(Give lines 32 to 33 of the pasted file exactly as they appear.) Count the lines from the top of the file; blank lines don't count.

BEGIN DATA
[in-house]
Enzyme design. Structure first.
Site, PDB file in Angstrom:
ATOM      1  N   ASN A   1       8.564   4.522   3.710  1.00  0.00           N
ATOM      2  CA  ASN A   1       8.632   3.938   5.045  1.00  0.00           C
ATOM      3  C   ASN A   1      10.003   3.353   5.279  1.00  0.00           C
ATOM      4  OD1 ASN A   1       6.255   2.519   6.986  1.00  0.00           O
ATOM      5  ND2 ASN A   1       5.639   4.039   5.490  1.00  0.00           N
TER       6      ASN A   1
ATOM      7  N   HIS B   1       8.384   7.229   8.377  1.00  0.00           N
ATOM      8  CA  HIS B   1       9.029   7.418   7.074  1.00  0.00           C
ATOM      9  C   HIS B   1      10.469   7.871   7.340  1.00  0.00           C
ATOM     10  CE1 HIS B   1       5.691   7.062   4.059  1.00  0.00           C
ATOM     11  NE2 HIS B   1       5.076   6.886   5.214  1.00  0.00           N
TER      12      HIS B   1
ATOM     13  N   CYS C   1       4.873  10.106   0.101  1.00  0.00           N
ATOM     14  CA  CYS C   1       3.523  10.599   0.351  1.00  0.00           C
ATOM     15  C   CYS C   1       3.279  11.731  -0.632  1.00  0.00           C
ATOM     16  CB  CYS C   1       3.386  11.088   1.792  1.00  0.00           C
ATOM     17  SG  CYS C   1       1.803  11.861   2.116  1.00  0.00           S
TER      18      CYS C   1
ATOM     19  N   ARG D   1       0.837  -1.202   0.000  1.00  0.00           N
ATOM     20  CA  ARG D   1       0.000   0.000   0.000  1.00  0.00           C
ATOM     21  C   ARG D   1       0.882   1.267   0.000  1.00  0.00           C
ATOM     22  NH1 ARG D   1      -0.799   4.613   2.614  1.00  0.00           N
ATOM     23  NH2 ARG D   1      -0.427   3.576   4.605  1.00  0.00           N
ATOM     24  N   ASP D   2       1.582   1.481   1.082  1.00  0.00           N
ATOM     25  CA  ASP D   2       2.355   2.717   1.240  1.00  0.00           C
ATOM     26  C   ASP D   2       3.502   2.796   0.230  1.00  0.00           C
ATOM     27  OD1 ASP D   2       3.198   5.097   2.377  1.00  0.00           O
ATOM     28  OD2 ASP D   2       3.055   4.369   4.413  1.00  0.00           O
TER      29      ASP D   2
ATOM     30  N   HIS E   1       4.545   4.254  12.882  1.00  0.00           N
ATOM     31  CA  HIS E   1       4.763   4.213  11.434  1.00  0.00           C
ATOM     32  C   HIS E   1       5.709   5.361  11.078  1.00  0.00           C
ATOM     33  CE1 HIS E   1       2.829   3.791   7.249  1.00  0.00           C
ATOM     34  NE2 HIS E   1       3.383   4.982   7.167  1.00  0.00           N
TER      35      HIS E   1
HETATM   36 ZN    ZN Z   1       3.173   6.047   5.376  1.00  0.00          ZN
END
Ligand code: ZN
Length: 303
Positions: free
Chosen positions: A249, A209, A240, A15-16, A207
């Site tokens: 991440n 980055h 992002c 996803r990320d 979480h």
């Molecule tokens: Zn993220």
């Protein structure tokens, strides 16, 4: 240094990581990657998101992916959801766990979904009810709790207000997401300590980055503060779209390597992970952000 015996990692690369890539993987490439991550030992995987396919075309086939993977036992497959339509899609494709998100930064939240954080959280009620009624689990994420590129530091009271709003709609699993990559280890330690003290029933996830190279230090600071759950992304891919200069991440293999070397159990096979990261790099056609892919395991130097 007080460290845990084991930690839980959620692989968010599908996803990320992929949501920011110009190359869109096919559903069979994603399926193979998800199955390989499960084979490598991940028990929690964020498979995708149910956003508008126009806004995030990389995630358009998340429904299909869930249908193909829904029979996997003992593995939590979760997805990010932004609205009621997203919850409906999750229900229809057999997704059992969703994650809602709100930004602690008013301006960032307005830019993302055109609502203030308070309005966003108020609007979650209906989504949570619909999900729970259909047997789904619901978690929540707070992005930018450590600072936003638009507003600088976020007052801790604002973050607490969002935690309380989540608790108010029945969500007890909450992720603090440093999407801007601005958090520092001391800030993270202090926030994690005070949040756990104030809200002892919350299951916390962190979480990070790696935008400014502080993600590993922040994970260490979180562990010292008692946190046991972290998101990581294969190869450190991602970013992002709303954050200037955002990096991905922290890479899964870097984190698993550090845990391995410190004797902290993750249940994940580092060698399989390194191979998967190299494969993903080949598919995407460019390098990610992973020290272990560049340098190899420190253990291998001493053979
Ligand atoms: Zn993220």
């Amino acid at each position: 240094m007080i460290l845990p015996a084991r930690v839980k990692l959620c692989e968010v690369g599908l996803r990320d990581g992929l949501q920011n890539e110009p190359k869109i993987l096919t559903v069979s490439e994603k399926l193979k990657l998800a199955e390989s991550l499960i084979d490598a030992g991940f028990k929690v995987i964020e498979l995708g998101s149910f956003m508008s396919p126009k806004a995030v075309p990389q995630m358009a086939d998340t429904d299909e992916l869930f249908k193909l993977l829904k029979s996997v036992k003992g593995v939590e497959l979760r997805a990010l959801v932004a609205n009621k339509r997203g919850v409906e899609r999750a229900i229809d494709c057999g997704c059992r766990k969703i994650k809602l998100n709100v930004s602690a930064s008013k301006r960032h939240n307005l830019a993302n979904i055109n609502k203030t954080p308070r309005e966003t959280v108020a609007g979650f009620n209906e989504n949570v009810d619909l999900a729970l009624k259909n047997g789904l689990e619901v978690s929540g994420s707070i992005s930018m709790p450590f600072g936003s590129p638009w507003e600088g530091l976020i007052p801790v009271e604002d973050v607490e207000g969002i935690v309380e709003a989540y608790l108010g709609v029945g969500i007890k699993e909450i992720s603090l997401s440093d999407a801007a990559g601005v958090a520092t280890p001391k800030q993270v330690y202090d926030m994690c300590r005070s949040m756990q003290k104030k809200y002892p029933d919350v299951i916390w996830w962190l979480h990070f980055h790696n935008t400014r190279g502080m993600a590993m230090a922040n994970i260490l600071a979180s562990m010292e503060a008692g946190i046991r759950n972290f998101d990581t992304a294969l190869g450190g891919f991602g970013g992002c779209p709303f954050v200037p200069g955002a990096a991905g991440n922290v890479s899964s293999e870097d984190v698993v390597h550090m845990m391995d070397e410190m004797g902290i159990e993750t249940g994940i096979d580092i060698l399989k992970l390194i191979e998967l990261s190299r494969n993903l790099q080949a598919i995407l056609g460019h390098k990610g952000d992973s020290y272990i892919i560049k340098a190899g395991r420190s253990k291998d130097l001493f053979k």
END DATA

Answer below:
TER      29      ASP D   2
ATOM     30  N   HIS E   1       4.545   4.254  12.882  1.00  0.00           N